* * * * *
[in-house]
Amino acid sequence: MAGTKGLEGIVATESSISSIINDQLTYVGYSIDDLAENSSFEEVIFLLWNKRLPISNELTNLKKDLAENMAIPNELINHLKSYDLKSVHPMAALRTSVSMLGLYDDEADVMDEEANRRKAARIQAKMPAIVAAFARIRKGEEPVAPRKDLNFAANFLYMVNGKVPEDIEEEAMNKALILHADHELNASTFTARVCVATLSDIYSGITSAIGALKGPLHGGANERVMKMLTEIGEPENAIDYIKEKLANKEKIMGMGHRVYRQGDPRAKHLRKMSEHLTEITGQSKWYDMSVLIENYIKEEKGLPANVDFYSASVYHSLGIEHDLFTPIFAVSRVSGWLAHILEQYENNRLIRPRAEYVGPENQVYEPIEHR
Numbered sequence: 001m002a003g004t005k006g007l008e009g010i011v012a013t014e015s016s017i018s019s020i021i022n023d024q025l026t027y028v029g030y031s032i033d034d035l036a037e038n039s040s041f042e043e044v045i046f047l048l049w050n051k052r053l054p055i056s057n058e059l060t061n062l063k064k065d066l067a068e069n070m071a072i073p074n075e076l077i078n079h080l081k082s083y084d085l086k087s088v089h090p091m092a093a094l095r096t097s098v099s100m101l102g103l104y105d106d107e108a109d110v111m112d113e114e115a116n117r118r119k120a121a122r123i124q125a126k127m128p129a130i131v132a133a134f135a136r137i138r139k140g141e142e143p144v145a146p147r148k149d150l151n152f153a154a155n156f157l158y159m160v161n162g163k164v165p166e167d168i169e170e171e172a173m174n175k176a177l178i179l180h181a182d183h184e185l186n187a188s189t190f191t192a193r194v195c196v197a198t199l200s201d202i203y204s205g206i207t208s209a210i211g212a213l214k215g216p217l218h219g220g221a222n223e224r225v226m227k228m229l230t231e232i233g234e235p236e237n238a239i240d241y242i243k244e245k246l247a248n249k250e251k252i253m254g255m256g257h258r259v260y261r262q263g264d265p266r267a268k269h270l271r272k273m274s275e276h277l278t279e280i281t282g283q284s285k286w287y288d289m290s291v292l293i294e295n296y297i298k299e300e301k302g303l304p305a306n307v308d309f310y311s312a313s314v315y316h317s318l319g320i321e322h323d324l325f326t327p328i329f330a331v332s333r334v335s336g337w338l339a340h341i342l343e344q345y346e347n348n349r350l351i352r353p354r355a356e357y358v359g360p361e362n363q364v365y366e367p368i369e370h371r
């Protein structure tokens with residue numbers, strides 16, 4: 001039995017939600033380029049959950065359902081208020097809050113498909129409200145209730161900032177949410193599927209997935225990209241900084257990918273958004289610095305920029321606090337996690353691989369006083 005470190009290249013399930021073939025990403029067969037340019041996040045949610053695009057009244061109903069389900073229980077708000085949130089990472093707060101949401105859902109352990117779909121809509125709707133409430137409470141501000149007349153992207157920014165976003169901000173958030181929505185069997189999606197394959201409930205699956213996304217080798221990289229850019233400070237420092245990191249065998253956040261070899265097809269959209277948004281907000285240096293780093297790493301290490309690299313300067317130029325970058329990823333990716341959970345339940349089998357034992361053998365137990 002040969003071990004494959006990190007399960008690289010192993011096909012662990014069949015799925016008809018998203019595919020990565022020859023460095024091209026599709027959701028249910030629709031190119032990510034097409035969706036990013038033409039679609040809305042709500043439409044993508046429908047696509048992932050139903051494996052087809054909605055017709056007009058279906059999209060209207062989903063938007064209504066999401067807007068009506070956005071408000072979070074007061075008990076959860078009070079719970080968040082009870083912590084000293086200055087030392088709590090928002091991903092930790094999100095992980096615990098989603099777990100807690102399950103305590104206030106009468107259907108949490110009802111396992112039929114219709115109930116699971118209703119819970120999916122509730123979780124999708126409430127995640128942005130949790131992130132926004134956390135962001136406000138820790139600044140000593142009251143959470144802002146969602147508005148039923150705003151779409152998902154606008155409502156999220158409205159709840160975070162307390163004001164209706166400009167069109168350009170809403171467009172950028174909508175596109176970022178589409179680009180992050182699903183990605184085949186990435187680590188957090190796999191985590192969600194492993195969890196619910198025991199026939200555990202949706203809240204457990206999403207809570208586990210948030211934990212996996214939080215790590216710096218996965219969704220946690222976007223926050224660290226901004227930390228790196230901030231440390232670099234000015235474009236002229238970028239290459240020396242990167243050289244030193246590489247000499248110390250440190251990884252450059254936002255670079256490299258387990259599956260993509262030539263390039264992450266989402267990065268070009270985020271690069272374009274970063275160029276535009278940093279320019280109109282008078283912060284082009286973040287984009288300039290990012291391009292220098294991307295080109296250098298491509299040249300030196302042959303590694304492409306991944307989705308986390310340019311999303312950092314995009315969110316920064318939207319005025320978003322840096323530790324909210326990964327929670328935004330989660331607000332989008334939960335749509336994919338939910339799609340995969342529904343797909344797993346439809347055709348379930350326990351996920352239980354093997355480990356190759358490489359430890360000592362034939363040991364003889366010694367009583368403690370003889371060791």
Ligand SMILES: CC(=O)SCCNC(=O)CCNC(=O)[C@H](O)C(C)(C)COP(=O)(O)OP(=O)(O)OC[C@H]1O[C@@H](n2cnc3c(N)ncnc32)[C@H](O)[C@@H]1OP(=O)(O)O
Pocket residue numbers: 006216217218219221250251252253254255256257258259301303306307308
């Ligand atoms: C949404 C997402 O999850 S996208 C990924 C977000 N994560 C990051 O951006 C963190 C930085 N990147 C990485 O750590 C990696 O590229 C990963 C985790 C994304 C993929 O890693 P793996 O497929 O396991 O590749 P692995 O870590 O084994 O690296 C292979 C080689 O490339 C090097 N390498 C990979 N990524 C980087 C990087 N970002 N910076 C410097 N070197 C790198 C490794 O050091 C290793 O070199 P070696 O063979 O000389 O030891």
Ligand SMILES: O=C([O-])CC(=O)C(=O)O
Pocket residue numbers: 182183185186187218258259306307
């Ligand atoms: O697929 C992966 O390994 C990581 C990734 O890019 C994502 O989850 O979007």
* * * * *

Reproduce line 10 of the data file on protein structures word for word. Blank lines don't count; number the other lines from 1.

């Ligand atoms: O697929 C992966 O390994 C990581 C990734 O890019 C994502 O989850 O979007």